Even ancient gardens reach a point where they need revitalising, and this is no different at Parham House & Gardens. Newly appointed head gardener Andrew Humphris reveals his plans for the Garden and explains why visitors may find a few changes when the gates open for the 2021 season.
15th March 2021
8th March 2021
10th February 2021
6th January 2021
6th January 2021
4th December 2020
Parham House is as renowned for its rare collection of paintings, furniture and needlework as it is for its gardens, which consist of beautiful Pleasure Grounds and a four-acre Walled Garden, herbaceous borders, a glasshouse, vegetable garden, orchard and a 1920s Wendy House.
Ever since the House first opened to the public in 1948, visitors have enjoyed beautiful displays of spring bulbs and tulips at Easter, the flowers and the opulent borders in the summer and wonderful autumnal colour at the end of the season.
However, last year, a long-standing issue with perennial weed (bindweed and ground elder in particular) came to the point where the problem needed to be gripped, and bold decisions had to be made.
Field bindweed (Convolvulus arvensis), with its white or pink trumpet flowers, is, sadly, a familiar sight in gardens. At Parham, it was compromising planting by choking plants in borders and twining around plant shoots and canes. Hedge bindweed and ground elder are a problem in other places as well.
Andrew explains: “As the pandemic took hold at the beginning of 2020 and it became apparent that the Garden would not be able to open, it seemed like an unprecedented opportunity to tackle the perennial weed problem head-on. Several beds were cleared and sprayed off by my predecessor, including the Blue Borders, White Border and some of the cut flower beds. Regrettably, a chemical-free approach wasn’t possible in these areas.”
He adds: “It has become clear to me since that the Blue Borders were so infested that it is going to take at least another twelve months to try to get the beds clean. This will mean leaving these iconic areas fallow for 2021.”
The White Border and the cut flower beds, which had less of a problem, will be dug through to remove any remaining roots and we hope to replant and enhance them this Spring. If I find that the problem is significantly worse than expected, I may decide to leave these fallow, too.”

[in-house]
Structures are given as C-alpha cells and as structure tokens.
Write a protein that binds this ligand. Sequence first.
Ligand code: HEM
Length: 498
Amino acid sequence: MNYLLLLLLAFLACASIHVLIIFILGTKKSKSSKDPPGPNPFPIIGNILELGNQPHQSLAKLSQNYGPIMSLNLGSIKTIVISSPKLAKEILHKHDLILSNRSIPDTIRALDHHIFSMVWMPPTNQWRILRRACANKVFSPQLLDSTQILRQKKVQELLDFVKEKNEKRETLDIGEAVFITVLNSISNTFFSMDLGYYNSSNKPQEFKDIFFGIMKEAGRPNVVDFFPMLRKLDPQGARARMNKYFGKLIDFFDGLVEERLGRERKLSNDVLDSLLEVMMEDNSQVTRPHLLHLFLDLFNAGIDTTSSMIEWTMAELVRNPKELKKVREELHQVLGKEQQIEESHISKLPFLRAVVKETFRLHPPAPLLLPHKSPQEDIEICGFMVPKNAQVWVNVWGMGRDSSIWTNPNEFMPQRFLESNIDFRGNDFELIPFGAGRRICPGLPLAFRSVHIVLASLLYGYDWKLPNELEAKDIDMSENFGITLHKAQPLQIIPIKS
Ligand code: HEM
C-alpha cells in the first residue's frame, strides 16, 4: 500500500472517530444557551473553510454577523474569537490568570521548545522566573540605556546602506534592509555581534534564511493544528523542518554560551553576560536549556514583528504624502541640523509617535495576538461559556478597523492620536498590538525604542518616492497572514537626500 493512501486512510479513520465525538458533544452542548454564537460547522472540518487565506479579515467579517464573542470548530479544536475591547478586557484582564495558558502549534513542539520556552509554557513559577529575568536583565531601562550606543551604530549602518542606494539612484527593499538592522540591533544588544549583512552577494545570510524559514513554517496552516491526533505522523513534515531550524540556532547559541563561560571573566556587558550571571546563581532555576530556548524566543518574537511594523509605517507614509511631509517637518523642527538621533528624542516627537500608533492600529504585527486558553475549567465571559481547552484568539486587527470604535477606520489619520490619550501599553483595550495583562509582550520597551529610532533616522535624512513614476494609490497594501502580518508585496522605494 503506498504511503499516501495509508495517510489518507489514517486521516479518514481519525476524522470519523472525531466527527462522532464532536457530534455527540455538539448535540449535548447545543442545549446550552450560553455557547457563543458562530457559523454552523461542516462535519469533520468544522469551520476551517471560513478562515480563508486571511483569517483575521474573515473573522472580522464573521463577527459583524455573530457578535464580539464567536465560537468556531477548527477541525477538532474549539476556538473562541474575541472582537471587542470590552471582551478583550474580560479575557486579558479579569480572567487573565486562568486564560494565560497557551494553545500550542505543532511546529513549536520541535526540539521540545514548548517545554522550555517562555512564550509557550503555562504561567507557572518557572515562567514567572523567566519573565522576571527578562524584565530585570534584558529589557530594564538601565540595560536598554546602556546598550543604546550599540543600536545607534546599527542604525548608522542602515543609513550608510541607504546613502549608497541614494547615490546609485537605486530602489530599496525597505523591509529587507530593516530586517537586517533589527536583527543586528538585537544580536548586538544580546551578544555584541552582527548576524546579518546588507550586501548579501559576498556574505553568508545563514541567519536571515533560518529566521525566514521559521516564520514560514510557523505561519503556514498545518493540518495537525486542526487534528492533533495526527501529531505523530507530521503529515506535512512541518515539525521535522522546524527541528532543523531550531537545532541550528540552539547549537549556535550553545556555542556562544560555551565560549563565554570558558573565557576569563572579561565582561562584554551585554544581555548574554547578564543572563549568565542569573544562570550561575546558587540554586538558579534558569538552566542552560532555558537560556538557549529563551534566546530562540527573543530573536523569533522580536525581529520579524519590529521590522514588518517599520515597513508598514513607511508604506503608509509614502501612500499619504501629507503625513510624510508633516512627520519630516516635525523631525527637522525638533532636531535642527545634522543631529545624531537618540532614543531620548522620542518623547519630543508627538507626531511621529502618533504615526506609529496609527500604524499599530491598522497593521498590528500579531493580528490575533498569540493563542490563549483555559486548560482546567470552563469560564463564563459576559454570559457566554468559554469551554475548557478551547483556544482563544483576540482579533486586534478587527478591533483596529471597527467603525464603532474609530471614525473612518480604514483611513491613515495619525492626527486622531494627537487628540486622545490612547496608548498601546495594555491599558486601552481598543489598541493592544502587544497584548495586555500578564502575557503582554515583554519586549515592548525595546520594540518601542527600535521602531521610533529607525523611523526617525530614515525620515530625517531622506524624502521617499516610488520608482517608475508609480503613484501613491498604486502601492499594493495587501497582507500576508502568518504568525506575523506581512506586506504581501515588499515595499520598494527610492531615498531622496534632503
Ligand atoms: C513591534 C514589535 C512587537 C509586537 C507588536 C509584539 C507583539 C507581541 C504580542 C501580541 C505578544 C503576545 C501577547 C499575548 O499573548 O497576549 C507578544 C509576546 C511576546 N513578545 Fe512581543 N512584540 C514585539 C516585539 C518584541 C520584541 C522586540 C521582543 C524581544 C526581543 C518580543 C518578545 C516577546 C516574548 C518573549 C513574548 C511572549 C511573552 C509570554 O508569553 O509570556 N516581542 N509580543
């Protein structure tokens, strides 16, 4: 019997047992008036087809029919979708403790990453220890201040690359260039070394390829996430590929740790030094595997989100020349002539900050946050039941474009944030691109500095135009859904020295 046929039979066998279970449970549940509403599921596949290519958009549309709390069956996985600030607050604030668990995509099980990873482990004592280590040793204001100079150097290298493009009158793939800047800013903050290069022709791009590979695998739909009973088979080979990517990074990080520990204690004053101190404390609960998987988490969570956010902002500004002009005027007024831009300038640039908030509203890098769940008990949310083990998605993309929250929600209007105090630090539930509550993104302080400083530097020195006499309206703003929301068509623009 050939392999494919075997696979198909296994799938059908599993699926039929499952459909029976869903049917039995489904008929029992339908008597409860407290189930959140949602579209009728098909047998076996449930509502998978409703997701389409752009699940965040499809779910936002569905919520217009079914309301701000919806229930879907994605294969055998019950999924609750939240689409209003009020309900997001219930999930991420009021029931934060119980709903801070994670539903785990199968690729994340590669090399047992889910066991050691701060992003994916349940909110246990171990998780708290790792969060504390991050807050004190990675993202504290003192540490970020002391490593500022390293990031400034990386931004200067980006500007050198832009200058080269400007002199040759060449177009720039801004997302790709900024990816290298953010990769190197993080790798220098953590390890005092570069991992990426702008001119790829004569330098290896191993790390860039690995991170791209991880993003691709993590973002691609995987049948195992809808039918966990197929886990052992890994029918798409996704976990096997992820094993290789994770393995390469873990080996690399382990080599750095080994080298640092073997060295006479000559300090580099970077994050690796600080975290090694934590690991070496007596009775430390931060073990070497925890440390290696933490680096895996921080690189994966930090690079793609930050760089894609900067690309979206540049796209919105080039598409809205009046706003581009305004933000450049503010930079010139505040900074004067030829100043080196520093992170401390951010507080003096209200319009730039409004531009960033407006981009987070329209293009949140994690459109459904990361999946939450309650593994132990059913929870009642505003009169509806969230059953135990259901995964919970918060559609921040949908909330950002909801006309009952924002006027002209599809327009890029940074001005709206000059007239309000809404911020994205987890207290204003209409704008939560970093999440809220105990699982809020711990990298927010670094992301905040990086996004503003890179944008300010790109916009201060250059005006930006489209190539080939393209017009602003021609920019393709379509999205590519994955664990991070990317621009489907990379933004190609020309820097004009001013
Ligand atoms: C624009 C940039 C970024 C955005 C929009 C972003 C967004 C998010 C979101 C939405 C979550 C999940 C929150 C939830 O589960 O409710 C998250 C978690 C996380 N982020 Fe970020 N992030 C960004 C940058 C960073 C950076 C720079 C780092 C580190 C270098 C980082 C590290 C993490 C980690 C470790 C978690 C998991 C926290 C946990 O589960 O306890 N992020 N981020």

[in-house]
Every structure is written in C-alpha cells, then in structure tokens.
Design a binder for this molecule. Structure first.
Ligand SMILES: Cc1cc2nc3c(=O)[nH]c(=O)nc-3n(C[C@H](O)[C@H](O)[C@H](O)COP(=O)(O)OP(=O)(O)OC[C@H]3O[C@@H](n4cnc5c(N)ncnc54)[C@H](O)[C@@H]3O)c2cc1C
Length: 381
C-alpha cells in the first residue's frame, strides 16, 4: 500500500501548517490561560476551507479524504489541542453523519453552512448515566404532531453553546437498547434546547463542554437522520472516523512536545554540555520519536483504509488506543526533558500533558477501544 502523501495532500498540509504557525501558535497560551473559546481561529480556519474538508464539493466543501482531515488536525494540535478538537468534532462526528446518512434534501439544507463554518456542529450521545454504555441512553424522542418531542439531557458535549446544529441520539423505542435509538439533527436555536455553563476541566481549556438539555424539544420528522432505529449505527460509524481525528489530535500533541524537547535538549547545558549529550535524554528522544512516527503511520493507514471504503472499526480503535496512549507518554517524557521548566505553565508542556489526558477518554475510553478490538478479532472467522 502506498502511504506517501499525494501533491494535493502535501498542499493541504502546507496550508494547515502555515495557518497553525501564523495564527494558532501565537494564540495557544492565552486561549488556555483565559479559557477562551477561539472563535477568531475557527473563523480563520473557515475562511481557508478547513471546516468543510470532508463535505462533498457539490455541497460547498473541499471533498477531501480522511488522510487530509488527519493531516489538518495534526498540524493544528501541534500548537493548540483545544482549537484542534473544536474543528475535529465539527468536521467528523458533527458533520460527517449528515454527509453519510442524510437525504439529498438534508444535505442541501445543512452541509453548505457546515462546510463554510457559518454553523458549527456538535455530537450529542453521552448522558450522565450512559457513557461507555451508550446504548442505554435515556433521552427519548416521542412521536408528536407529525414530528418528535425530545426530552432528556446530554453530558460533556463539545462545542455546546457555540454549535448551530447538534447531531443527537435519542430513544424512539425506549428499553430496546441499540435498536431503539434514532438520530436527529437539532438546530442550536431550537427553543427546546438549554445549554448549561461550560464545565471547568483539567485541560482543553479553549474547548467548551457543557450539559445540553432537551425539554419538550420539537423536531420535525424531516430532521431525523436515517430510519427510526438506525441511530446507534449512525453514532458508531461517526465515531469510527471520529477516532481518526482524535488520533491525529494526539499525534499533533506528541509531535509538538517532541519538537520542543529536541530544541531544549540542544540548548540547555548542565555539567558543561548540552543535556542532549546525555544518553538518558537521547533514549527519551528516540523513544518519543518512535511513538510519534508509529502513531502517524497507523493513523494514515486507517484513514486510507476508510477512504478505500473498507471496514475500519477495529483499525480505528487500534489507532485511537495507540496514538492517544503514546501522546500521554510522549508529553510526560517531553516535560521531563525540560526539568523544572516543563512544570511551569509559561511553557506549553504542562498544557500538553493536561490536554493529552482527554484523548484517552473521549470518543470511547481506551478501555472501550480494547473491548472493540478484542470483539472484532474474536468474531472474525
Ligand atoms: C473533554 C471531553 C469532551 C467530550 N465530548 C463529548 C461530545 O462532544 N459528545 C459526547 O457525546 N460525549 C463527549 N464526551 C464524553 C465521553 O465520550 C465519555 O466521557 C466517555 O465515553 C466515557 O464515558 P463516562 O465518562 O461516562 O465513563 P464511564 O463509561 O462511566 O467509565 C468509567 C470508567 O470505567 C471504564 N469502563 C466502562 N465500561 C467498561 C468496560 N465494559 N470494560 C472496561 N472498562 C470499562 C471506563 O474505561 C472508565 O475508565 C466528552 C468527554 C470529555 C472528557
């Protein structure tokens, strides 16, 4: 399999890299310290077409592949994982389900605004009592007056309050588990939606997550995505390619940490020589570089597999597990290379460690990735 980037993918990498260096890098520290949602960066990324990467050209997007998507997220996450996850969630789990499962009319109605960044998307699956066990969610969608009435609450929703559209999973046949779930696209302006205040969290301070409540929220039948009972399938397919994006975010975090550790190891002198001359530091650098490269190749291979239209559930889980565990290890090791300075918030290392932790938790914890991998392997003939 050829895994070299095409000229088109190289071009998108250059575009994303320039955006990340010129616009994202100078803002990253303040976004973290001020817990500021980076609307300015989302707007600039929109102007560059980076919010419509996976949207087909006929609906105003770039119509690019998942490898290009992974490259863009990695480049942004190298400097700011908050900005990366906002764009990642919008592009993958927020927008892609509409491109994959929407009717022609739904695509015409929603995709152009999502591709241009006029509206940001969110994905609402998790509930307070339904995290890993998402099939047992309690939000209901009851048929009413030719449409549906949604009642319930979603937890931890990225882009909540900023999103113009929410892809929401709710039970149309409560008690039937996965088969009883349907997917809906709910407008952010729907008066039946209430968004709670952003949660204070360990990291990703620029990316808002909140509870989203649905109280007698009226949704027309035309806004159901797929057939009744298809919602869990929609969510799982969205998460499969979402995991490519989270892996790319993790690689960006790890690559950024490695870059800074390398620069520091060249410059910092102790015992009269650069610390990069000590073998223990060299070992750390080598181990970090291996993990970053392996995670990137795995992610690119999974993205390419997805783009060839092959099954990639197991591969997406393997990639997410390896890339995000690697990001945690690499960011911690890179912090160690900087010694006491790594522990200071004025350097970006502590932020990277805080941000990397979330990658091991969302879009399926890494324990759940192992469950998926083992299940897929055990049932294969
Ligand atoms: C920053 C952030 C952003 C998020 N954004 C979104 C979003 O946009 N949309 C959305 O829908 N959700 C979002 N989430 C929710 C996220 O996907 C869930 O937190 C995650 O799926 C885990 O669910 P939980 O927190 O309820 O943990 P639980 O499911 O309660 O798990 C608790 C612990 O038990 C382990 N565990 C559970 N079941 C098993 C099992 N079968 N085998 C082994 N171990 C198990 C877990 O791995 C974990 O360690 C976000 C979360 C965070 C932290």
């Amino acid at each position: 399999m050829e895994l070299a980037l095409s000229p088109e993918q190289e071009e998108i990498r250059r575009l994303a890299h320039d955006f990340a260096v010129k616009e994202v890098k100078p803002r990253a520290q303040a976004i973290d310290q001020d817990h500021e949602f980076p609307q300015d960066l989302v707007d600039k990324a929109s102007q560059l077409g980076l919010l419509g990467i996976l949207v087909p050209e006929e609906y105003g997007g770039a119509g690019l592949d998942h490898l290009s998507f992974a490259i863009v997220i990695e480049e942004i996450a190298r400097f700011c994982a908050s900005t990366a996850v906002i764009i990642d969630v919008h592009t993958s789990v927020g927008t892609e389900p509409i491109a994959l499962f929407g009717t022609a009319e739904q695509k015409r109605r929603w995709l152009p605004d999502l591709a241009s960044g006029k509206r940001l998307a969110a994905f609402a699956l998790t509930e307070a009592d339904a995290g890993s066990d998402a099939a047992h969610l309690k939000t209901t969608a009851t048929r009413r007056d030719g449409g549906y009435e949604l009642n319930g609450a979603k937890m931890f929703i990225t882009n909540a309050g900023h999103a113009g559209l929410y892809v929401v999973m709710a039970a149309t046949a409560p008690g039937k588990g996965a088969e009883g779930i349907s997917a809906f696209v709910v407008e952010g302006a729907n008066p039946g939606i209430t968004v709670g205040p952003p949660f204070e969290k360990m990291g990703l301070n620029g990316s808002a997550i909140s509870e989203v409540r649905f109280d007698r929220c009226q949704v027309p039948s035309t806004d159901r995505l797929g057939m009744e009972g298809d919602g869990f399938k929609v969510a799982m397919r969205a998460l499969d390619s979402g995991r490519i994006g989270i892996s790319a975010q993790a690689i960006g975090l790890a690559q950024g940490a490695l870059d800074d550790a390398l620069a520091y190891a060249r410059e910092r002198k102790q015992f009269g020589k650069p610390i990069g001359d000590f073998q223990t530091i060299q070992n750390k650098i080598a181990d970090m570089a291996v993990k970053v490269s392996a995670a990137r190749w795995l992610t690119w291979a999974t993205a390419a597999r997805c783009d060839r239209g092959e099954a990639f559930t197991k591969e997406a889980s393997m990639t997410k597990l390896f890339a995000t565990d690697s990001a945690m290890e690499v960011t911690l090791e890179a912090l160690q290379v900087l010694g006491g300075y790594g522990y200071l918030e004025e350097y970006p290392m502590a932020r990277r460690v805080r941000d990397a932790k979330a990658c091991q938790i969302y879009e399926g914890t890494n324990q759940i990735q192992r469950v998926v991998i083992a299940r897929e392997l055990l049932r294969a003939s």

“I firmly believe that sorting the problem out now will benefit generations of the family, the gardeners and the visitors alike, for many years to come,” said Andrew. “We know that inevitably there will be some disruption, but in the long history of this centuries-old garden, this will be but a short blip. We’re confident that all those who know and love Parham will understand the wisdom of the task in hand and will encourage us forward.”
Parham’s garden team are also researching the issue of climate change, taking this into account when making plant choices. Rising temperatures will have an impact on any garden, especially when it comes to watering requirements. Andrew adds: “We will need to think imaginatively and carefully about our plant selection, whilst retaining the wonderful feel and atmosphere of the garden at Parham.”
Andrew is excited by the challenge and the opportunity to replant and recreate with the close input and help of the Barnard family and, of course, the garden team. Progress will be documented on Parham’s website and social channels so that people can follow the journey and even be inspired to make bold changes within their gardens.
Lady Emma Barnard DL, Parham’s chatelaine, commented:
“We’re very excited that Andrew has joined us and are greatly looking forward to working with him. With his stewardship and guidance, we will be continuing the programme of renewal, renovation and conservation that we started in 2020 – Andrew’s knowledge and experience will be invaluable.”